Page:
Date & Time: January 29, 2019
Presented by: Robin Mason, PhD and Stephanie Lanthier, MEd, PhD Candidate, Women’s College Research Institute
Robin Mason is a scientist in the Violence and Health research program at Women’s College Hospital, Women’s College Research Institute and an Assistant Professor at the Dalla Lana School of Public Health with a cross-appointment to the Department of Psychiatry at the University of Toronto. She is also the Scientific Lead for Women’s Xchange, a research knowledge and exchange centre focused on supporting and disseminating women’s health research across the province of Ontario and ensuring the integration of sex and gender in all health research. Dr. Mason has been working in the field of intimate partner violence and medical education for nearly 20 years, has contributed to policies at the local, provincial and national level; and, developed four evidence-informed online curricula. Her work is focused on improving the systems’ response to women who experience abuse and related sequelae by educating health and social service providers, developing policies and guidelines to reduce barriers and improve practices, and giving voice to diverse women’s needs and preferences.
Stephanie Lanthier is a PhD candidate in Social and Behavioural Health Sciences at the Dalla Lana School Public Health, University of Toronto and a Trainee and Research Assistant with the Violence and Health Research program at Women's College Hospital, Women's College Research Institute. She holds a Master of Education from Queen's University, and a Bachelor of Education and Honours Bachelors of Arts from the University of Toronto. Her dissertation work aims to better understand experiences of intersectional stigma among adolescent and adult survivors of sexual assault who disclose to formal support providers. Stephanie spent several years working in the non-profit and education sectors prior to beginning the doctoral program, including work with the Woman Abuse Council of Toronto and Women’s Place at Malvern Family Resource Centre.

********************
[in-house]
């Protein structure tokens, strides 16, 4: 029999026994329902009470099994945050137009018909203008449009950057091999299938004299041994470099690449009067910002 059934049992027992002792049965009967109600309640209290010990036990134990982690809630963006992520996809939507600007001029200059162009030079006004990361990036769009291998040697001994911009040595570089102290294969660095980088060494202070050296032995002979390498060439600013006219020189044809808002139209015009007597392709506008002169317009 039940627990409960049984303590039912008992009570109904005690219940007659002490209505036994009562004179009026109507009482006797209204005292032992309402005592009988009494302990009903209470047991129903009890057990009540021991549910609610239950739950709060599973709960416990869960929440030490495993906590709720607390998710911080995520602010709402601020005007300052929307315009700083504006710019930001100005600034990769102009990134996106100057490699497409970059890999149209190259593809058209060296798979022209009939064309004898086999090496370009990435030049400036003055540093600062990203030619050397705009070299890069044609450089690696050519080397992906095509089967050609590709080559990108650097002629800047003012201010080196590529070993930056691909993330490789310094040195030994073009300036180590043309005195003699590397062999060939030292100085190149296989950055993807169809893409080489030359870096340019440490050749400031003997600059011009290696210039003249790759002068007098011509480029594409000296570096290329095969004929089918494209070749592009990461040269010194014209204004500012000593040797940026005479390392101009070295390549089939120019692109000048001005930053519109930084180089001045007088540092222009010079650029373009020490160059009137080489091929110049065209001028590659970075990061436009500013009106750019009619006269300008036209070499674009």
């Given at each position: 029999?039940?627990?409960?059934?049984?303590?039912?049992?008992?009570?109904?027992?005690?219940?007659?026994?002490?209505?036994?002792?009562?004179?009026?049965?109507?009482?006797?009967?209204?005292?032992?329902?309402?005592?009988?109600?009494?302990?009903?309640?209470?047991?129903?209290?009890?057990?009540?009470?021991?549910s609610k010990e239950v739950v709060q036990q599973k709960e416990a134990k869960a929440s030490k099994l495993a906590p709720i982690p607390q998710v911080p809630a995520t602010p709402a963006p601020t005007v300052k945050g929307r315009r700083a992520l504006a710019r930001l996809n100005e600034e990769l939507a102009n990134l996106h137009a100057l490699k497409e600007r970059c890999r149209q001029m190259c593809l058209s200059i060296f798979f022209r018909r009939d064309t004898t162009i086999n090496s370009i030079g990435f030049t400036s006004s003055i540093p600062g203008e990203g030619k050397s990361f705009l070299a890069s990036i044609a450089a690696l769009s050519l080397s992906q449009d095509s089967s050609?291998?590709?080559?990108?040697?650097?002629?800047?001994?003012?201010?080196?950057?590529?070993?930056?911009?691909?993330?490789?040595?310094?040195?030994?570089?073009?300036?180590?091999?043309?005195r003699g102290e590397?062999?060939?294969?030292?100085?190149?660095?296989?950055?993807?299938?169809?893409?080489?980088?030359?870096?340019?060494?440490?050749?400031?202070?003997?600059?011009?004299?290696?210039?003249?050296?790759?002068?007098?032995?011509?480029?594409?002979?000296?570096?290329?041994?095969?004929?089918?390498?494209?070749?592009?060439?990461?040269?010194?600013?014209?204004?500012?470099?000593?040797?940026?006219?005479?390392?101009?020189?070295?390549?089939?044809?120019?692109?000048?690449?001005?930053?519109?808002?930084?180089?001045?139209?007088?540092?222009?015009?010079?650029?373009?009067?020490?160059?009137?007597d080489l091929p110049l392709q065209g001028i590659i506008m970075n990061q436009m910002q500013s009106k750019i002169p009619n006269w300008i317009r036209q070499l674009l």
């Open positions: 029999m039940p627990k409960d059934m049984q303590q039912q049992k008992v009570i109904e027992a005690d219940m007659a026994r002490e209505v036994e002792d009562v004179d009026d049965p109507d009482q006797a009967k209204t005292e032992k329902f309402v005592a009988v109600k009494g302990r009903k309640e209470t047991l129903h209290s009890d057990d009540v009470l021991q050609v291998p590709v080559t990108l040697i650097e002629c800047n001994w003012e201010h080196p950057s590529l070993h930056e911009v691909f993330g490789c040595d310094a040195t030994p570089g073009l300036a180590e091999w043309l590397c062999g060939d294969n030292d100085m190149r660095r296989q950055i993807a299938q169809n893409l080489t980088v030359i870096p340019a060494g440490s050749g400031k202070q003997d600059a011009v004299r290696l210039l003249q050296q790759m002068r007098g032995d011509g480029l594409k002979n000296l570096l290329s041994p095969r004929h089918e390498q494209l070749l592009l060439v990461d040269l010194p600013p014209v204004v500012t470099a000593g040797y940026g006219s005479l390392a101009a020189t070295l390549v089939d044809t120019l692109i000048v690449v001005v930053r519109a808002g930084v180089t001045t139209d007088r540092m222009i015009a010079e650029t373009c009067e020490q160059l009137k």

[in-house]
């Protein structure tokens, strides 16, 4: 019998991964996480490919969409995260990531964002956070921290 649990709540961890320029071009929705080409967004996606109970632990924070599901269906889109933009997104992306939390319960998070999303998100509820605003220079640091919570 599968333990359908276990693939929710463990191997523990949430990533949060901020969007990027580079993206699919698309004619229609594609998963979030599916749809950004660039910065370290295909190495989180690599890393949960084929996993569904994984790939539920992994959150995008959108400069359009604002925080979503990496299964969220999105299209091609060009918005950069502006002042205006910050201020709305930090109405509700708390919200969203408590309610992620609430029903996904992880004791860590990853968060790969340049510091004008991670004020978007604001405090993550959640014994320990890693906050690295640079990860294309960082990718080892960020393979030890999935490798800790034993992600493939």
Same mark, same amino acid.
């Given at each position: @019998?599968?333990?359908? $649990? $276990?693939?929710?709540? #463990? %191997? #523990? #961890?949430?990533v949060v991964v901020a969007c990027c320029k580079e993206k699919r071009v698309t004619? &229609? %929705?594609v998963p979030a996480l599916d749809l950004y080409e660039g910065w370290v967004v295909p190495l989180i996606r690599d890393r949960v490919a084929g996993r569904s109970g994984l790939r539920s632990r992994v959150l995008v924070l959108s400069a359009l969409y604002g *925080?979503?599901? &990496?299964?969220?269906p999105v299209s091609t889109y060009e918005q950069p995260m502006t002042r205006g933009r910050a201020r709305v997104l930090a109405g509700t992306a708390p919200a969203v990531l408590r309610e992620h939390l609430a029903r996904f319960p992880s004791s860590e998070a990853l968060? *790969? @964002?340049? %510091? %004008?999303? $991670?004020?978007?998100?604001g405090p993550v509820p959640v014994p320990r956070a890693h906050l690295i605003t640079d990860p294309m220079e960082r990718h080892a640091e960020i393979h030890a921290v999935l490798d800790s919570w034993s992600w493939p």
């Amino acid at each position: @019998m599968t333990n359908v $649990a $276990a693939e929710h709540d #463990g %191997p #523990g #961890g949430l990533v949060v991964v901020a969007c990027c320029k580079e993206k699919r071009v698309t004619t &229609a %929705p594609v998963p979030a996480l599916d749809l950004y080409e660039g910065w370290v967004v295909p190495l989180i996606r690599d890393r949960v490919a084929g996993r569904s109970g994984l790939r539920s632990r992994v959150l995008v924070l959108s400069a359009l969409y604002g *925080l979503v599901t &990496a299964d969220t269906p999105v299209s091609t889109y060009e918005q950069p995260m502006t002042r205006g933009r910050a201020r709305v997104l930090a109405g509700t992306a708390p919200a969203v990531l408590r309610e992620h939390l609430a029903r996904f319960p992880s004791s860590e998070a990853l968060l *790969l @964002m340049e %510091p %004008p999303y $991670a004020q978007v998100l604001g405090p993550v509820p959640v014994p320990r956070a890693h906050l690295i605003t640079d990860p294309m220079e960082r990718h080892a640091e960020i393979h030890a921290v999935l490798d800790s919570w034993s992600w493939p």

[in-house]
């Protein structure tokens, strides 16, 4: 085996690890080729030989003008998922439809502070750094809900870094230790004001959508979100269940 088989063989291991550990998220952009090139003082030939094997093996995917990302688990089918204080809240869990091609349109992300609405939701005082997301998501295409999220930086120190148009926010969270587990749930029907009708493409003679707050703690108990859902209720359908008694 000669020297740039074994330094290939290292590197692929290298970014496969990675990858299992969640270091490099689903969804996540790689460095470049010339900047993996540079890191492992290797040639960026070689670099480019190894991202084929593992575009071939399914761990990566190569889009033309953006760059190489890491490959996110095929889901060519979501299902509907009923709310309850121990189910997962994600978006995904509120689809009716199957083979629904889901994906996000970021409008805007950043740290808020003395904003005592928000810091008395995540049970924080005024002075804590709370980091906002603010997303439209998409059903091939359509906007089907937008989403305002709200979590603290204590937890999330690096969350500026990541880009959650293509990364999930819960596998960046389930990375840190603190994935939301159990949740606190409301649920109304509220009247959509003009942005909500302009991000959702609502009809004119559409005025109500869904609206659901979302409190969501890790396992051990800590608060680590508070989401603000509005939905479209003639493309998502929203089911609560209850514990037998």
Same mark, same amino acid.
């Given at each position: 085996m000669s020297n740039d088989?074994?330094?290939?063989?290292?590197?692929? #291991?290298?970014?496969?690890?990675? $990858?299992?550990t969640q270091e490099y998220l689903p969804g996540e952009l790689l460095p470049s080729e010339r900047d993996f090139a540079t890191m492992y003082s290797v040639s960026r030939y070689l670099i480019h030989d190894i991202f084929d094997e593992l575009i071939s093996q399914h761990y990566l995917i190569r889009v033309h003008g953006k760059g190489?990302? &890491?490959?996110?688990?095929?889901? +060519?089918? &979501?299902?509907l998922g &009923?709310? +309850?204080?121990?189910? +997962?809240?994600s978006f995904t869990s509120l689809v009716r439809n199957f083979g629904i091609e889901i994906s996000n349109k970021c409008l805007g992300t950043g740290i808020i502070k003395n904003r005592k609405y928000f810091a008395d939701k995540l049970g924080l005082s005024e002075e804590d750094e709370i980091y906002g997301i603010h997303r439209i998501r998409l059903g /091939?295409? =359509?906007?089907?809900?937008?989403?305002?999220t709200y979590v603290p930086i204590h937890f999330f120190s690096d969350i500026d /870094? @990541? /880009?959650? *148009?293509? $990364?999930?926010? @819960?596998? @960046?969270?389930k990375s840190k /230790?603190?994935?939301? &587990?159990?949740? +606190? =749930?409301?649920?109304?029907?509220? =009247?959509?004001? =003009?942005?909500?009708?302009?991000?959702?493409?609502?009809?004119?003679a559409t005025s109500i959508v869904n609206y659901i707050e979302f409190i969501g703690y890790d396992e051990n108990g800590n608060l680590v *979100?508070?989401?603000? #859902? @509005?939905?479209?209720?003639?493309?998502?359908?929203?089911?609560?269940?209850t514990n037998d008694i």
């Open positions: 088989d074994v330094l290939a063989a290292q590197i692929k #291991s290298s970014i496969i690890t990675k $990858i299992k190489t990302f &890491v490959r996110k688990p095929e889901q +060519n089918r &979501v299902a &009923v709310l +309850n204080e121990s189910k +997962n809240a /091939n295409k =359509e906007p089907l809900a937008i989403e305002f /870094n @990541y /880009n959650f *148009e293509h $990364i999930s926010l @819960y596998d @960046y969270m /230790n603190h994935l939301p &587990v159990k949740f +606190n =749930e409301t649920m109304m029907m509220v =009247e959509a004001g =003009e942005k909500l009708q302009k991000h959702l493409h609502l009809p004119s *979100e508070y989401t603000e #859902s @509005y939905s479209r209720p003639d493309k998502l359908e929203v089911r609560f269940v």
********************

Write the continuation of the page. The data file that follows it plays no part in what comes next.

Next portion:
Presentation: As there is “nothing normative about being sexually victimized, there cannot be a ‘normal’ reaction to such a traumatic event” (Fanflik, 2007). Yet, recent media attention has highlighted general beliefs that there are normal reactions such as anxiety, depression, and PTSD, and that these are the acceptable reactions. Survivors who experience other common, but less well understood reactions, such as pretending that everything is fine, convincing oneself that ‘it could have been worse’, or maintaining a relationship with the perpetrator after an assault can be met with disbelief and judgmental comments, potentially further traumatizing the survivor and sabotaging her efforts at healing.
This webinar will explore a new evidence-informed, competency-based online curriculum on recognizing and responding to the ‘commonly misunderstood’ reactions to sexual assault. In particular, it will: discuss the context within which the idea for the curriculum arose; outline the process followed in developing the curriculum; and describe the curriculum content. Excerpts of the curriculum will be shared with participants.